New Generation of Learners
Students joining the health professions are no longer digital immigrants, but digital natives, said Jeffries. These learners understand technology better than any generation before them—and better than their faculty—and typically have numerous devices at their fingertips ready to retrieve information, communicate, and explore across borders. They also have certain expectations coming into their learning environment; evidence has shown that current learners expect their faculty to use technology in education and to incorporate the technologies needed for their profession (McKnight et al., 2016). Current learners are able to use certain technologies as a platform for learning, particularly in underserved areas where geographically it may be a challenge to attend classes, have clinical experiences, or embark on a learning experience without the assistance of technology. For example, said Jeffries, midwives in Bangladesh are learning new ways to implement mother–baby care through videos, social media, and other technologies. Technological platforms are no longer a novelty for students, but an expectation, as demonstrated through their way of living, being, and learning.
There are many challenges in clinical education that educators, practitioners, and leaders all have to navigate, said Jeffries. Typically, health professional students are assigned to clinical sites, and their clinical practice is conducted in parallel with their didactic courses. Securing appropriate clinical sites for all health professional students is a major challenge. The American Association of Colleges of Nurses reported that 64,000 qualified applicants eligible for baccalaureate and graduate nursing education were not admitted to programs because of the lack of clinical sites, faculty shortage, and a lack of preceptors needed for graduate clinical education (AACN, 2017). In a recent survey of medical schools, half reported concerns about the availability of residency positions for their students after graduate school, and 85 percent indicated concerns about finding clinical sites and qualified clinical preceptors (AAMC, 2018). Jeffries asked, “How can technology help to remedy these challenges with our admissions and acceptance of needed qualified students entering our health professions?” She noted that while technology may be an important part of the answer to this problem, the implementation “isn’t as easy as one would think,” owing to legal and policy issues that must be considered. For example, getting state authorization for online distance education learning can be challenging, as requirements and rules differ from state to state.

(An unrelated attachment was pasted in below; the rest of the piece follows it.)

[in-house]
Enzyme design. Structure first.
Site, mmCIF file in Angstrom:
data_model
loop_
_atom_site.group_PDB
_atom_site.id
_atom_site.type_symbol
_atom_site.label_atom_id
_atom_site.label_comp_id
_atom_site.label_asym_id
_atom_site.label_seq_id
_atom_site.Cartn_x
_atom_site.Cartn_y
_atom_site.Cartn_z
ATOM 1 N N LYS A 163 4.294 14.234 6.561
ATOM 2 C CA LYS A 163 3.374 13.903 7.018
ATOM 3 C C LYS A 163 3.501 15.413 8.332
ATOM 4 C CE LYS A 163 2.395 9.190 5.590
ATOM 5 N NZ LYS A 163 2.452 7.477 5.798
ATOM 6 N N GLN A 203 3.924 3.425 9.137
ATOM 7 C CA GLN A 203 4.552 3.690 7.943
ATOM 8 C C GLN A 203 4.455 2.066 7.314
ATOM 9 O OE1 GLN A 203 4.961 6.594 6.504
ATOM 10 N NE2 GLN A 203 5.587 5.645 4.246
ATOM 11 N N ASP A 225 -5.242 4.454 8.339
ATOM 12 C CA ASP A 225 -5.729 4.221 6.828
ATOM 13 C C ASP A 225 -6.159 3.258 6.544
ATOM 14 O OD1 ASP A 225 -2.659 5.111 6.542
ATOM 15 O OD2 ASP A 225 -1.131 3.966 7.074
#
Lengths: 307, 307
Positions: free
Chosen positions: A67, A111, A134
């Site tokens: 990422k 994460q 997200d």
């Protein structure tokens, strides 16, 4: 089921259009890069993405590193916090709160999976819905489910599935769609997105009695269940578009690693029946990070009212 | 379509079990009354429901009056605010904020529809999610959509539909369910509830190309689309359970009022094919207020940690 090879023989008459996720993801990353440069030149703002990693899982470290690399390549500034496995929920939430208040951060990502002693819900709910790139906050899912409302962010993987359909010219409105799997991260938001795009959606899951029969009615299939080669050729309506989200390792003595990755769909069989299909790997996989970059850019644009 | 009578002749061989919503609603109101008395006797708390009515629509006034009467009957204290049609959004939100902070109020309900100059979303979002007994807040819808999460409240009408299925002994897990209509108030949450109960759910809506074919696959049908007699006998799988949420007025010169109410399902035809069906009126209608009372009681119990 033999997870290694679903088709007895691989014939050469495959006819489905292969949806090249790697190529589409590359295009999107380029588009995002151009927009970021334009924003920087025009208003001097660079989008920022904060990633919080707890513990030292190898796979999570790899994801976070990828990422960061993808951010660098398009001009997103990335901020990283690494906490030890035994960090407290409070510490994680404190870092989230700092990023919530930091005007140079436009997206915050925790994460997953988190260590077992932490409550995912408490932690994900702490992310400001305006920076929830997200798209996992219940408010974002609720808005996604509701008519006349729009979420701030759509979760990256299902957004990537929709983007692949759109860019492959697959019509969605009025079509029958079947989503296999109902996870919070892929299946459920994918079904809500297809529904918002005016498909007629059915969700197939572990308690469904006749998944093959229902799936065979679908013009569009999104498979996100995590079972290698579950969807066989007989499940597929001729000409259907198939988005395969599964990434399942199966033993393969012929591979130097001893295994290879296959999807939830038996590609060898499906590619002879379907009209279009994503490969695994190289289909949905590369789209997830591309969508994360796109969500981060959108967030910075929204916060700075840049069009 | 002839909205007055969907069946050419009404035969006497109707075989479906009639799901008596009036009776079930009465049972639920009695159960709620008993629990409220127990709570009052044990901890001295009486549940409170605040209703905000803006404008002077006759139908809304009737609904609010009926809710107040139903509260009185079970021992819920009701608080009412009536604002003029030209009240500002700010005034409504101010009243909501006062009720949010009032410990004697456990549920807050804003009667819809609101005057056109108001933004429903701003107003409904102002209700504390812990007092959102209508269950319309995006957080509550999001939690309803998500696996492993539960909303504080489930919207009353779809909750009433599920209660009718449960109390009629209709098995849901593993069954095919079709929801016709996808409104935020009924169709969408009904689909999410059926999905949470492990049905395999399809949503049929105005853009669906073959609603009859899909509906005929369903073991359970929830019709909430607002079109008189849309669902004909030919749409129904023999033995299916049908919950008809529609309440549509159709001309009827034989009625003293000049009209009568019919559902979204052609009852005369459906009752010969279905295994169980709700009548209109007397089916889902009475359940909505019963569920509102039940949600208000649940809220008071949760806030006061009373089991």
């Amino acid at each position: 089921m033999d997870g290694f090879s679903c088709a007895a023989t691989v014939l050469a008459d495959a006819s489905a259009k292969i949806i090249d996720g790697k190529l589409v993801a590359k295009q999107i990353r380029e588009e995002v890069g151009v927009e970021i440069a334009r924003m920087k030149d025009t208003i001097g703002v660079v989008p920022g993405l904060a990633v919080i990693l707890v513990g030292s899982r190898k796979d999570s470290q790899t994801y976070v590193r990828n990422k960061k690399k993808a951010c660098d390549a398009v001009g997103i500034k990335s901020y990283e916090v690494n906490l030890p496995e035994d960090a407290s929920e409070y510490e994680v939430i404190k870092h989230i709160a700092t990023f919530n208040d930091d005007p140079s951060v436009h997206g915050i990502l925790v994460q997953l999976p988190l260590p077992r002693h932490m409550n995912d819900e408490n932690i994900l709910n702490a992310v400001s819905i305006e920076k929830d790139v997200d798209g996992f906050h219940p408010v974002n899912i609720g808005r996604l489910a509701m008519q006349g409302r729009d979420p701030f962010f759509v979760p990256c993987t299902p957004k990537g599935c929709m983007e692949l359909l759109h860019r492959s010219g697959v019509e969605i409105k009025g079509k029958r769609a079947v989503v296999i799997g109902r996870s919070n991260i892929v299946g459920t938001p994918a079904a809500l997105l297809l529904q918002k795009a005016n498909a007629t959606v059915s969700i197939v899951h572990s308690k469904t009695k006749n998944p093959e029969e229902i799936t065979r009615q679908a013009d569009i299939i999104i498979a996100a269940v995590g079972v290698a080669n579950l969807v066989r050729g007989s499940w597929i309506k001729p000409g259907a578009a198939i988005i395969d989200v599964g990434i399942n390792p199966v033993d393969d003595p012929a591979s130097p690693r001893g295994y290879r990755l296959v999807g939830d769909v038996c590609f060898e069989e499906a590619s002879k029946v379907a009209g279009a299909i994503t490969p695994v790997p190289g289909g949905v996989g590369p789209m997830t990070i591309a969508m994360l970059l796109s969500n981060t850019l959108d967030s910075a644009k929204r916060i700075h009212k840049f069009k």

The shortage of qualified nursing faculty is another major challenge in preparing health professionals, Jeffries said. Existing nursing faculty are aging: the average age of a doctorally prepared professor is 62 years old and the average of a doctorally prepared associate professor is 58 years old (AACN, 2017). As current health professionals retire, and the population ages and requires more health care, the pipeline of health professionals must keep up with demand. In medicine, one-third of physicians are over the age of 55 (AAMC, 2016). Without an adequate number of faculty to teach, the output of prepared health professionals will continue to not meet the demand of a growing population. However, through the use of technologies, said Jeffries, there is the potential for supporting a larger group of faculty to teach health professions; using experienced, retired faculty in some aspect; and making content scalable and accessible. For example, massive, open online courses could be one tool to help to deliver, scale up, and extend content to health professions students across the globe. Jeffries said that the idea of providing open source materials and information is a very nontraditional concept in higher education, but one that has great potential.
Changes in Health Care